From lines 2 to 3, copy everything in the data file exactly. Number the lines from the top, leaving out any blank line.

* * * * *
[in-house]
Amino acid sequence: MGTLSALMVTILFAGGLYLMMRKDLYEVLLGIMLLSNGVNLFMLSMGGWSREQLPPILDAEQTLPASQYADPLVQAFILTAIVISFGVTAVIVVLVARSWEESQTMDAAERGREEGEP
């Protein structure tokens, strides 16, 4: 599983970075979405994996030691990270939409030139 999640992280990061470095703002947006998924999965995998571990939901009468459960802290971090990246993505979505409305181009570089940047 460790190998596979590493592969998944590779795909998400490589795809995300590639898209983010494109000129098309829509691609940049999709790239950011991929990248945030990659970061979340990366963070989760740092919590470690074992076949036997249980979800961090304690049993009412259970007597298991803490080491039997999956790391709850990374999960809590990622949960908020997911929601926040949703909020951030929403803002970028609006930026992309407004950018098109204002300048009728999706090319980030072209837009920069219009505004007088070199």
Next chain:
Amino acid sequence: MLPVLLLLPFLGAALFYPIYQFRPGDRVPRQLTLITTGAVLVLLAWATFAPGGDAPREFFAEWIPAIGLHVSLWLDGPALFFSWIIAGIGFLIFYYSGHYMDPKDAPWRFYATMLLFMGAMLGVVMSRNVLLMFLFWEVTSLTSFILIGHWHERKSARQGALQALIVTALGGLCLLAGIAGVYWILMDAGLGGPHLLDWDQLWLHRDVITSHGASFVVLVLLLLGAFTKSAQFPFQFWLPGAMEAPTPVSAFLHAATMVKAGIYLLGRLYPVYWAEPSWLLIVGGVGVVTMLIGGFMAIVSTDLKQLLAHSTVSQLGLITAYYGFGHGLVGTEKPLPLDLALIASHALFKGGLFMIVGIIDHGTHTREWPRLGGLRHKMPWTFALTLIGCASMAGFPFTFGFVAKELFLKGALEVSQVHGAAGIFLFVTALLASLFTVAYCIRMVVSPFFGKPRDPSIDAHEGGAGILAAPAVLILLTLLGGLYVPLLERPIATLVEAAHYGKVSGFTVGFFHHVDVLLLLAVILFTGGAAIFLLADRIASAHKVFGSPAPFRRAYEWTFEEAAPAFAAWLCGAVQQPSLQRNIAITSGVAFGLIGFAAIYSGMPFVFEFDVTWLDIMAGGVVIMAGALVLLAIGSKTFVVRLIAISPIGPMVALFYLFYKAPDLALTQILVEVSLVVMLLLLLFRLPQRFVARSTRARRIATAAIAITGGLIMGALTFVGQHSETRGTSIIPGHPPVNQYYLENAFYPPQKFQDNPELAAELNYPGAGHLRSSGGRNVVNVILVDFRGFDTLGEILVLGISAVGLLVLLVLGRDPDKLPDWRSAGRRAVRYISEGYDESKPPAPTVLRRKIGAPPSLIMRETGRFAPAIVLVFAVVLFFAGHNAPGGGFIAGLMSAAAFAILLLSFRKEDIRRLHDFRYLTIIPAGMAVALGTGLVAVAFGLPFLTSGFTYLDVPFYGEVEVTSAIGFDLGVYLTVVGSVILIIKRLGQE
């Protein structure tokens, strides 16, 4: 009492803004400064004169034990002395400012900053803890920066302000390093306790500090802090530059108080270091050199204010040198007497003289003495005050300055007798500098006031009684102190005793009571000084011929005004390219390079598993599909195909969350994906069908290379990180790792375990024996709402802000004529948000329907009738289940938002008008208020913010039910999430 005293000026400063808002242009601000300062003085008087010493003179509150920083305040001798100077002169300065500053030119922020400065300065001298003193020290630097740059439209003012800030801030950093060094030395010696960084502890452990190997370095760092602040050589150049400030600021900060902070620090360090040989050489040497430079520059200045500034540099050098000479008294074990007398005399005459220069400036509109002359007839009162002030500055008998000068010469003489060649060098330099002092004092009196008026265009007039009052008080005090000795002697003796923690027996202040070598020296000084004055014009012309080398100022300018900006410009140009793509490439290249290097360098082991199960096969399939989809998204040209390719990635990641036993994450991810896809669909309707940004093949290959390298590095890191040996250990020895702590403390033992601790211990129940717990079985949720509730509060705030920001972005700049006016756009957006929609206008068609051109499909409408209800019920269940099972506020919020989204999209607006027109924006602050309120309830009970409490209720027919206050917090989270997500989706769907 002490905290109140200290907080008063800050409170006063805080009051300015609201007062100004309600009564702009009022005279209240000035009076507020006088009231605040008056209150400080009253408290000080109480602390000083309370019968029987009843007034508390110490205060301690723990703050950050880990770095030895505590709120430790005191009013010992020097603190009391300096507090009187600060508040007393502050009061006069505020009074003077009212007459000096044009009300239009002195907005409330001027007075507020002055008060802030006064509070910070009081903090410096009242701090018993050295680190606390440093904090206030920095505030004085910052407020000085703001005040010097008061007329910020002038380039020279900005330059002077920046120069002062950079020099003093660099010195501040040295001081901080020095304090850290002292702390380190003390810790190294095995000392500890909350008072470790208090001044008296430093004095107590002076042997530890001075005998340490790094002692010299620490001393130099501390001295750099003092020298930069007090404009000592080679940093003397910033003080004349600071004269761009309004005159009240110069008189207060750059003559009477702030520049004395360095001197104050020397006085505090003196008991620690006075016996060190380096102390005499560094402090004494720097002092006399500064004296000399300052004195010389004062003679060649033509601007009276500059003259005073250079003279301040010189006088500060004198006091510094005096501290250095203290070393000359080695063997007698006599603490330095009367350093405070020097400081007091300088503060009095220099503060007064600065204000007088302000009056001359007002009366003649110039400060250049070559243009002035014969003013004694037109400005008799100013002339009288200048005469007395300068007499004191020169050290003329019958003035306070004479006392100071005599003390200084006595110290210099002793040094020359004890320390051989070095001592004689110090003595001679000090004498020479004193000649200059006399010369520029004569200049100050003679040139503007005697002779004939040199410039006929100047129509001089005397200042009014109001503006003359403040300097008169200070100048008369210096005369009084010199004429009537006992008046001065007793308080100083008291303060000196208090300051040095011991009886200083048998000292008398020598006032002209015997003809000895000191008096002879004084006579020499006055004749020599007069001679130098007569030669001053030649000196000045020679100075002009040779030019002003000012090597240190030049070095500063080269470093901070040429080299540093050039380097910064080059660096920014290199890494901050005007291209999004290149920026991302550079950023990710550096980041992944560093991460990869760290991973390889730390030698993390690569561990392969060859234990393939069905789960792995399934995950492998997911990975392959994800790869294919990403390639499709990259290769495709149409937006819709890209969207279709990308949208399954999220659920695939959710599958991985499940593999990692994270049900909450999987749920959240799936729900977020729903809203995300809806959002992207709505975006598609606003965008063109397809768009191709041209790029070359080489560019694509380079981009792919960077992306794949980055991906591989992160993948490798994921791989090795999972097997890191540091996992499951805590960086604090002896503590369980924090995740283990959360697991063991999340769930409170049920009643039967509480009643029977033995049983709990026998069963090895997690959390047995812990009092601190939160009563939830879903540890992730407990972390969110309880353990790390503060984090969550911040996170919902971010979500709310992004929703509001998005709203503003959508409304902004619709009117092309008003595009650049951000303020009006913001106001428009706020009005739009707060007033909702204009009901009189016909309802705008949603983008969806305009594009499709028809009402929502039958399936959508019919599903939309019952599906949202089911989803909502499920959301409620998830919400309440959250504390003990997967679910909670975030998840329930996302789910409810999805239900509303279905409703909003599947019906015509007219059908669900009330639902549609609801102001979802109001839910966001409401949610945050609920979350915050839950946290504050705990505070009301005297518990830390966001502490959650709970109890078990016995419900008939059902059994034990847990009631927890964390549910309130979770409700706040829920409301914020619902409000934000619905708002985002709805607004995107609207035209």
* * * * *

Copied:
Amino acid sequence: MGTLSALMVTILFAGGLYLMMRKDLYEVLLGIMLLSNGVNLFMLSMGGWSREQLPPILDAEQTLPASQYADPLVQAFILTAIVISFGVTAVIVVLVARSWEESQTMDAAERGREEGEP
């Protein structure tokens, strides 16, 4: 599983970075979405994996030691990270939409030139 999640992280990061470095703002947006998924999965995998571990939901009468459960802290971090990246993505979505409305181009570089940047 460790190998596979590493592969998944590779795909998400490589795809995300590639898209983010494109000129098309829509691609940049999709790239950011991929990248945030990659970061979340990366963070989760740092919590470690074992076949036997249980979800961090304690049993009412259970007597298991803490080491039997999956790391709850990374999960809590990622949960908020997911929601926040949703909020951030929403803002970028609006930026992309407004950018098109204002300048009728999706090319980030072209837009920069219009505004007088070199």